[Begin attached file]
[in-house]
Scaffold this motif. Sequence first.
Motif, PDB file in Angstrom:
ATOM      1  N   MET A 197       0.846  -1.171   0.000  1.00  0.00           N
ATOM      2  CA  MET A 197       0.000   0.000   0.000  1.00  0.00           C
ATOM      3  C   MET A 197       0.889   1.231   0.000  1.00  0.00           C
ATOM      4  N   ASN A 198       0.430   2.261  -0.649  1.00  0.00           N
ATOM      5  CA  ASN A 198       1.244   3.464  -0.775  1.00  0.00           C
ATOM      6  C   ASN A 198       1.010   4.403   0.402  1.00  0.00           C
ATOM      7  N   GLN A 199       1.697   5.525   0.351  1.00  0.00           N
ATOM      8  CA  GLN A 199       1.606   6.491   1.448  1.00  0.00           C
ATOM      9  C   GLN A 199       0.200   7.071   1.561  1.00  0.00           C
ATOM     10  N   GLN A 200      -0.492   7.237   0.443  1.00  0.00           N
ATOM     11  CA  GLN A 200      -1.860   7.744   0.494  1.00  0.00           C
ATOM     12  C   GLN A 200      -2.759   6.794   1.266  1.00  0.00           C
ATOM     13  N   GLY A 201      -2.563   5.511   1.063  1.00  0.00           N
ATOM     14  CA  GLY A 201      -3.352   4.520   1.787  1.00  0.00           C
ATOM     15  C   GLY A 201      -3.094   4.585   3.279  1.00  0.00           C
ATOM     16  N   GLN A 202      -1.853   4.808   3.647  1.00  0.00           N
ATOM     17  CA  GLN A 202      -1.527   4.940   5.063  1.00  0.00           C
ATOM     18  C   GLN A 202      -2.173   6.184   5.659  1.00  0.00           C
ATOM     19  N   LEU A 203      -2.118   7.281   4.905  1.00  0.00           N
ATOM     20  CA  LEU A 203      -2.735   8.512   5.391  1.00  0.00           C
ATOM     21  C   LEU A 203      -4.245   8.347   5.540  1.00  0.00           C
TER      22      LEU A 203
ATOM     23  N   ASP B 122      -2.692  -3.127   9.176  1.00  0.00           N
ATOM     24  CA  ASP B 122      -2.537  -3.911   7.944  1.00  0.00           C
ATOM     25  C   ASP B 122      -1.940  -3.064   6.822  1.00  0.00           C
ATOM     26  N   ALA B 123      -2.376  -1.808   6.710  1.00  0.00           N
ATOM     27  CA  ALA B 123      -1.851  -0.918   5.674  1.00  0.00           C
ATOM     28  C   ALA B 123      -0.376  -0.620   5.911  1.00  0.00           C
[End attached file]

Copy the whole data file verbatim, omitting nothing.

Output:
[in-house]
Scaffold this motif. Sequence first.
Motif, PDB file in Angstrom:
ATOM      1  N   MET A 197       0.846  -1.171   0.000  1.00  0.00           N
ATOM      2  CA  MET A 197       0.000   0.000   0.000  1.00  0.00           C
ATOM      3  C   MET A 197       0.889   1.231   0.000  1.00  0.00           C
ATOM      4  N   ASN A 198       0.430   2.261  -0.649  1.00  0.00           N
ATOM      5  CA  ASN A 198       1.244   3.464  -0.775  1.00  0.00           C
ATOM      6  C   ASN A 198       1.010   4.403   0.402  1.00  0.00           C
ATOM      7  N   GLN A 199       1.697   5.525   0.351  1.00  0.00           N
ATOM      8  CA  GLN A 199       1.606   6.491   1.448  1.00  0.00           C
ATOM      9  C   GLN A 199       0.200   7.071   1.561  1.00  0.00           C
ATOM     10  N   GLN A 200      -0.492   7.237   0.443  1.00  0.00           N
ATOM     11  CA  GLN A 200      -1.860   7.744   0.494  1.00  0.00           C
ATOM     12  C   GLN A 200      -2.759   6.794   1.266  1.00  0.00           C
ATOM     13  N   GLY A 201      -2.563   5.511   1.063  1.00  0.00           N
ATOM     14  CA  GLY A 201      -3.352   4.520   1.787  1.00  0.00           C
ATOM     15  C   GLY A 201      -3.094   4.585   3.279  1.00  0.00           C
ATOM     16  N   GLN A 202      -1.853   4.808   3.647  1.00  0.00           N
ATOM     17  CA  GLN A 202      -1.527   4.940   5.063  1.00  0.00           C
ATOM     18  C   GLN A 202      -2.173   6.184   5.659  1.00  0.00           C
ATOM     19  N   LEU A 203      -2.118   7.281   4.905  1.00  0.00           N
ATOM     20  CA  LEU A 203      -2.735   8.512   5.391  1.00  0.00           C
ATOM     21  C   LEU A 203      -4.245   8.347   5.540  1.00  0.00           C
TER      22      LEU A 203
ATOM     23  N   ASP B 122      -2.692  -3.127   9.176  1.00  0.00           N
ATOM     24  CA  ASP B 122      -2.537  -3.911   7.944  1.00  0.00           C
ATOM     25  C   ASP B 122      -1.940  -3.064   6.822  1.00  0.00           C
ATOM     26  N   ALA B 123      -2.376  -1.808   6.710  1.00  0.00           N
ATOM     27  CA  ALA B 123      -1.851  -0.918   5.674  1.00  0.00           C
ATOM     28  C   ALA B 123      -0.376  -0.620   5.911  1.00  0.00           C